Shoaib hopes Pakistan will get involved

Shoaib Akhtar underwent a drug test ahead of the Champions Trophy AFP

Shoaib Akhtar is hopeful the IPL's impending move to South Africa or England could pave the way for Pakistani players to return to the lucrative Twenty20 tournament. Pakistan's cricketers were denied permission to play in the IPL by the Pakistan foreign office in the wake of the Mumbai terror attacks, but the tournament's likely move away from India has raised hopes the door may again be opened.

Even if restrictions are lifted, Pakistan's players will have a difficult time breaking back into the IPL in 2009, given that the eight franchises have full player rosters and the Pakistan national team is due to play a one-day series against Australia in Dubai and Abu Dhabi between April 22 and May 7. Lalit Modi, the IPL chairman, had told reporters on Sunday that it would not be possible to include the Pakistan cricketers even at this point as the teams had been finalised and slots for foreign players filled.

Still, Shoaib said he and his Pakistani counterparts were holding out hope of an eleventh-hour call-up to the IPL, now that the tournament seems destined to be shifted out of India.

"For me, it ain't over till it's over," Shoaib told Cricinfo. "I haven't given up. It's up to the franchises. If they call upon my services, I will provide them.

"We do not have great circumstances with India at the moment. The situation between us is not crictical anymore, and hopefully it will get better in the coming months. It is a shame for the Indian fans that the tournament will not be played in India, but I think it is a good thing that it is still happening. London is like a second home to us. We would be very comfortable playing there. It would be great if that happened, but for now I am preparing to play against Australia in the ODIs next month and take wickets for my country."

Shoaib made a brief, though spectacular, contribution to the inaugural IPL after signing with the Kolkata Knight Riders for a reported US$425,000. In his first game against the Delhi Daredevils, the Pakistani tearaway claimed figures of 4-11, but played just two more games thereafter before again being struck down by injury.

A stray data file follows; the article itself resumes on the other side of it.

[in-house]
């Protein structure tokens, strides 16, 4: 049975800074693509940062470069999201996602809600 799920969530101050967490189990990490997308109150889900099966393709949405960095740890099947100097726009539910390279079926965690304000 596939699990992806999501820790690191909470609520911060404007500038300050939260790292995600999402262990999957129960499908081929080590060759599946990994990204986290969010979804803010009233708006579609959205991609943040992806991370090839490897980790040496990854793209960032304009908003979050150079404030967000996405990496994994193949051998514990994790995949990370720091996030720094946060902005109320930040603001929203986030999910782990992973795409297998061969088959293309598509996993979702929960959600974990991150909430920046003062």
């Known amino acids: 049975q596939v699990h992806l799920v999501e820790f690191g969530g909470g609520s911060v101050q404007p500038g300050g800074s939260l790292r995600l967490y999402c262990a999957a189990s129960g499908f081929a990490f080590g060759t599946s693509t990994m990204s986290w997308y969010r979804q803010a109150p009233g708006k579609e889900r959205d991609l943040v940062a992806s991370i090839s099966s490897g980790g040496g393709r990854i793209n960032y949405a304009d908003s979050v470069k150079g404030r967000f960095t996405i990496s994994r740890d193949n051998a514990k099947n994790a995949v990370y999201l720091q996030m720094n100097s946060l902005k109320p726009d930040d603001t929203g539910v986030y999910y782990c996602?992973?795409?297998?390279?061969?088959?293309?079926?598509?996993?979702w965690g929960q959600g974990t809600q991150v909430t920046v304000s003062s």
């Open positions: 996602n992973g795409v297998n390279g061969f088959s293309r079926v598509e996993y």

"It was a dramatic comeback for me," he recalled. "I had been going through so much with the five-year ban [for breaching the PCB's code of conduct, later overturned], and to go out there and play again was one of the hardest things I have had to do in my life. But it was a fantastic experience. Shah Rukh Khan, Sourav Ganguly and the whole team management really helped me a lot, and the Kolkata fans were very supportive. I had gone through a lot of mental trauma and was mentally not quite right going in, but they did a lot to help me."

Prior to the 2009 IPL auction, the contracts of Shoaib, Younis Khan, Shoaib Malik, Shahid Afridi, Salman Butt and Mohammed Hafeez were terminated by their franchises. Four other Pakistani players - Umar Gul, Misbah-ul-Haq, Kamran Akmal and Sohail Tanvir - had their contracts "suspended", allowing their teams to replace them at the draft.

Ijaz Butt, the PCB chairman, said he would make inquiries as to whether some of those players could be readmitted into the IPL's playing ranks. "I will be talking to the Indian board president and also our government," Butt told PTI. "I am sure some of the players would now like to play in the IPL if possible. If some players are interested in playing in the IPL and if their commitments don't clash with our national team commitments I will talk to the relevant authorities."